To further investigate the importance of RUNX1 in disease maintenance, primary tumor cells were transplanted into conditioned recipients that were subjected to 4-OHT at day 0 or day 11 or left untreated (Fig. 4 F). Strikingly, whereas >80% of the transplanted mice treated at day 11 developed AML within 50 d, untreated mice remained healthy for >150 d (Fig. 4 G). Consistent with the negative impact of RUNX1 expression on transplantation efficiencies, mice receiving 4-OHT starting at day 0 failed to develop AML. Serial transplantations of the leukemic cells resulted in selection of variants that were capable of inducing AML with 100% penetrance in <25 d (Fig. 4 H). Together, these results demonstrate that RUNX1* together with FLT3-ITD induces a transplantable acute leukemia and, furthermore, that the expression of RUNX1 is necessary for maintenance of the disease.

Posttranslational modifications of RUNX1 are critical for stability and oncogenic activity

To investigate whether FLT3-ITD signaling impacts on RUNX1 activity in AML, we examined human AML cell lines reported to express FLT3-ITD. Consistent with our observation that RUNX1 transcript levels are higher in FLT3-ITD+ AML samples, we observed high RUNX1 protein levels in the FLT3-ITD+ cell line MV4;11. Only moderate levels of RUNX1 protein were observed in Molm13 cells, which carry but do not express the FLT3-ITD allele (Quentmeier et al., 2003), and K562 cells, which express the constitutive active BCR/ABL fusion kinase but do not exhibit FLT3 mutations (Fig. 5 A). Interestingly, expression levels of RUNX1-ER in AML cells isolated from our FLT3-ITD mouse models were similarly high as RUNX1 in MV4;11 cells (Fig. 5 B), although this finding needs to be strengthened by examining protein levels in primary AML cells. Strikingly, RUNX1 protein levels in MV4;11 cells were greatly reduced after 24-h treatment with FLT3 inhibitors but not with a MAPK inhibitor (Fig. 5 C). As RUNX1 stability/activity is highly dependent on phosphorylation (Goyama et al., 2015), we generated phosphorylation mutants in which residues targeted by downstream effectors of FLT3-ITD (e.g., MAPK or Src kinases) were altered (Fig. 5 D). Disruption of either Tyr or Ser/Thr phosphorylation sites within the negative regulatory DNA-binding domain of RUNX1 did not impact on RUNX1 sensitivity to Sunitinib treatment in FLT3-ITD–expressing cells. In contrast, mutants with disrupted Tyr phosphorylation sites within the inhibitory domain (ID) lost sensitivity to Sunitinib inhibition, suggesting these residues may be critical for FLT3-ITD–mediated activation of RUNX1 (Fig. 5 E).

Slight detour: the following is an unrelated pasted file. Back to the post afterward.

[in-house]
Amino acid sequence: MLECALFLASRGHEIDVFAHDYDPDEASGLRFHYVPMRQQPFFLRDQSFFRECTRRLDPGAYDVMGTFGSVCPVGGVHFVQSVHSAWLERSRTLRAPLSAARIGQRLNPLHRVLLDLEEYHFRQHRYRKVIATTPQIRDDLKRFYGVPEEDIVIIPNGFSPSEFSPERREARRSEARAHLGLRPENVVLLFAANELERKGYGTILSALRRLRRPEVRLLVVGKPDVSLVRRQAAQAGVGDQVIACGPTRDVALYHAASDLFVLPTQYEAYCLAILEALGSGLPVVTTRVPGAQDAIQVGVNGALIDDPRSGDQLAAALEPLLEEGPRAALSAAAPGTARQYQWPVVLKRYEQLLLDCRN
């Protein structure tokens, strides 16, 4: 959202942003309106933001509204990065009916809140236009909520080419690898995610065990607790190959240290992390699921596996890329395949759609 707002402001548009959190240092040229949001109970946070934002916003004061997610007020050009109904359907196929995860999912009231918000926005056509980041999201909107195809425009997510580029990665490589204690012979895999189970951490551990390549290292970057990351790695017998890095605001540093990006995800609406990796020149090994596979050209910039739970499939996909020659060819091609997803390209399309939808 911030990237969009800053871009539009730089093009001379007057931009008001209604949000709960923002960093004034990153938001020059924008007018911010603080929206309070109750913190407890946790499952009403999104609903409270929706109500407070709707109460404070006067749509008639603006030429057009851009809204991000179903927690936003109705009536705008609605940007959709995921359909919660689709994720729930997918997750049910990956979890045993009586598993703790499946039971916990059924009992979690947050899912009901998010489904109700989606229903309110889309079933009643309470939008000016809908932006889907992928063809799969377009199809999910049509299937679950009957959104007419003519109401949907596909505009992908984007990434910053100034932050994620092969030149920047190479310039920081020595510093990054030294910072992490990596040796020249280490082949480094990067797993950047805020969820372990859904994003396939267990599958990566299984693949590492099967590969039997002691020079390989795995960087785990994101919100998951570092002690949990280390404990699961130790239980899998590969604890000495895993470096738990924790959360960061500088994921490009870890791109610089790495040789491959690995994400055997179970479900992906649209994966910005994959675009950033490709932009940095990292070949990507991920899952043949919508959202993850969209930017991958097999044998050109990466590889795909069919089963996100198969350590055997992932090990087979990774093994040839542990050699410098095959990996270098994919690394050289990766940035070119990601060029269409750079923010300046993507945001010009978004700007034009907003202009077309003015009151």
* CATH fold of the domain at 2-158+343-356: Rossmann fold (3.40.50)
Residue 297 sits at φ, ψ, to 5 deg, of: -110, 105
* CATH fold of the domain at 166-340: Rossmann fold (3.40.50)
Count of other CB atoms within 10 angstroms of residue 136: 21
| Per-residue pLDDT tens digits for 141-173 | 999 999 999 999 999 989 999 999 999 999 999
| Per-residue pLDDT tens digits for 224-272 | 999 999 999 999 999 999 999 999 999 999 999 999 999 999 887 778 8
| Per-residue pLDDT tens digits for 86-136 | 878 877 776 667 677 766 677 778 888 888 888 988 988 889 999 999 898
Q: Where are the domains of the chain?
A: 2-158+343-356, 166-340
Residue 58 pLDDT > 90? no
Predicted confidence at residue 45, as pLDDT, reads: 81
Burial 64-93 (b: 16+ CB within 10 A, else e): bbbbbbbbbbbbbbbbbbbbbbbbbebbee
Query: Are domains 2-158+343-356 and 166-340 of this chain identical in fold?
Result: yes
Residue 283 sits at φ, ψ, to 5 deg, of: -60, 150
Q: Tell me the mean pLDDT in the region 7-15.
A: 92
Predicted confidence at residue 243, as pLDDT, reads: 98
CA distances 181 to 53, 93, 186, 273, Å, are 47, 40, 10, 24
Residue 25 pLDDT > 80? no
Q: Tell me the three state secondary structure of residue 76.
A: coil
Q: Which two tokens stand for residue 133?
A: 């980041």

To test more rigorously the impact of RUNX1 phosphorylation and its transforming activity in cooperation with FLT3-ITD, the RUNX1 phosphorylation mutants were tested in our in vivo model. In agreement with a critical role of Tyr phosphorylation within the ID domain, all mutants except the ID mutant induced a fatal AML (Fig. 5 F), despite comparable transduction levels and transplantation efficiencies of all constructs, as determined by flow cytometry analysis of PB cells (Fig. 5 G). Collectively, we identified key phosphorylation sites in RUNX1 that mediate its transforming activity in collaboration with FLT3-ITD.

High levels of RUNX1 are critical for maintenance of established human AML cells